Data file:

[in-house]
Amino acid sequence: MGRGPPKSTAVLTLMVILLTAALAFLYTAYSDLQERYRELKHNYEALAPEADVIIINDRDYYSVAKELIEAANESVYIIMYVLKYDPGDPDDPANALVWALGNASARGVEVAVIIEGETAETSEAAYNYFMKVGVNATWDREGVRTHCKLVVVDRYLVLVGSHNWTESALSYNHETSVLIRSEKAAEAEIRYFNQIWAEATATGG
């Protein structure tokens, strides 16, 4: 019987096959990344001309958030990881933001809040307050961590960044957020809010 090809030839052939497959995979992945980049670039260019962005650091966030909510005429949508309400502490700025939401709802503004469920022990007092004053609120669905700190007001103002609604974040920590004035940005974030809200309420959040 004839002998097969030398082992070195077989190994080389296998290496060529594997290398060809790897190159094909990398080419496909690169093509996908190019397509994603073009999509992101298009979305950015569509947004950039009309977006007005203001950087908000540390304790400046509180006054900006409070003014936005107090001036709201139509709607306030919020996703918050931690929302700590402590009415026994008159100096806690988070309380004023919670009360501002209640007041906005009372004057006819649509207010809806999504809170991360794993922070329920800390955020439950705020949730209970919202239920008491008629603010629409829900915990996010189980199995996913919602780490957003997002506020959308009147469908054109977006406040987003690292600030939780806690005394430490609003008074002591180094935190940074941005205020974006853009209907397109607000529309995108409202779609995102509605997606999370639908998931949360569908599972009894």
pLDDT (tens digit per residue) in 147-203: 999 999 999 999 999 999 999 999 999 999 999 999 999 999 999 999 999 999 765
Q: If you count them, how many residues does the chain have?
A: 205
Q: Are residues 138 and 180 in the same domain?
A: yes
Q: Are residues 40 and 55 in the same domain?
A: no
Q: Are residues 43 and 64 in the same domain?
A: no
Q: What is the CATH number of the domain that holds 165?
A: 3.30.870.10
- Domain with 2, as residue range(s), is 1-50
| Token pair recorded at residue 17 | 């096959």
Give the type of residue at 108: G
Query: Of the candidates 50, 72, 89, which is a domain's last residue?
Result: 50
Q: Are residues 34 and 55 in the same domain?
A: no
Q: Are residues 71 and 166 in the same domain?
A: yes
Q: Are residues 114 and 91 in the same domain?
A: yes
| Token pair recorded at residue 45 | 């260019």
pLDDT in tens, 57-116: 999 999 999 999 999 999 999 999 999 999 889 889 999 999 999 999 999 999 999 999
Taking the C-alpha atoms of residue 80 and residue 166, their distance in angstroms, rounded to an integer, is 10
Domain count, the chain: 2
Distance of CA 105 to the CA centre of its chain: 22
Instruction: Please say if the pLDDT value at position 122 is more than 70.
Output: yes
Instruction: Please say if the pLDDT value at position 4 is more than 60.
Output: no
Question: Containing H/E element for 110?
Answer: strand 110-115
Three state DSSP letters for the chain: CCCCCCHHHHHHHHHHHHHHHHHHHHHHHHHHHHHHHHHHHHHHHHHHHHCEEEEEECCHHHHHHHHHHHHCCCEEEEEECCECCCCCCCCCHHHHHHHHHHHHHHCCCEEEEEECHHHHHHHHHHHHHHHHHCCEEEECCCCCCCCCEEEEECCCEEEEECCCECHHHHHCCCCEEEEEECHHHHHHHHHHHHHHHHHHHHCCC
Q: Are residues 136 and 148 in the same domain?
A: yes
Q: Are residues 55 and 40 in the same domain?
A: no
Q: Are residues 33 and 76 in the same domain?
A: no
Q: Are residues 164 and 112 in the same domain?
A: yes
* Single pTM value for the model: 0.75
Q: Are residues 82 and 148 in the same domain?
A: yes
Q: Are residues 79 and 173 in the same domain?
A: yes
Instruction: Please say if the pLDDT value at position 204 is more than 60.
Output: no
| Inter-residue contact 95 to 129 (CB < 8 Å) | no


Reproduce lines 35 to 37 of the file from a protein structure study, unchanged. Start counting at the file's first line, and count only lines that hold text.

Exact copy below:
Question: Containing H/E element for 110?
Answer: strand 110-115
Three state DSSP letters for the chain: CCCCCCHHHHHHHHHHHHHHHHHHHHHHHHHHHHHHHHHHHHHHHHHHHHCEEEEEECCHHHHHHHHHHHHCCCEEEEEECCECCCCCCCCCHHHHHHHHHHHHHHCCCEEEEEECHHHHHHHHHHHHHHHHHCCEEEECCCCCCCCCEEEEECCCEEEEECCCECHHHHHCCCCEEEEEECHHHHHHHHHHHHHHHHHHHHCCC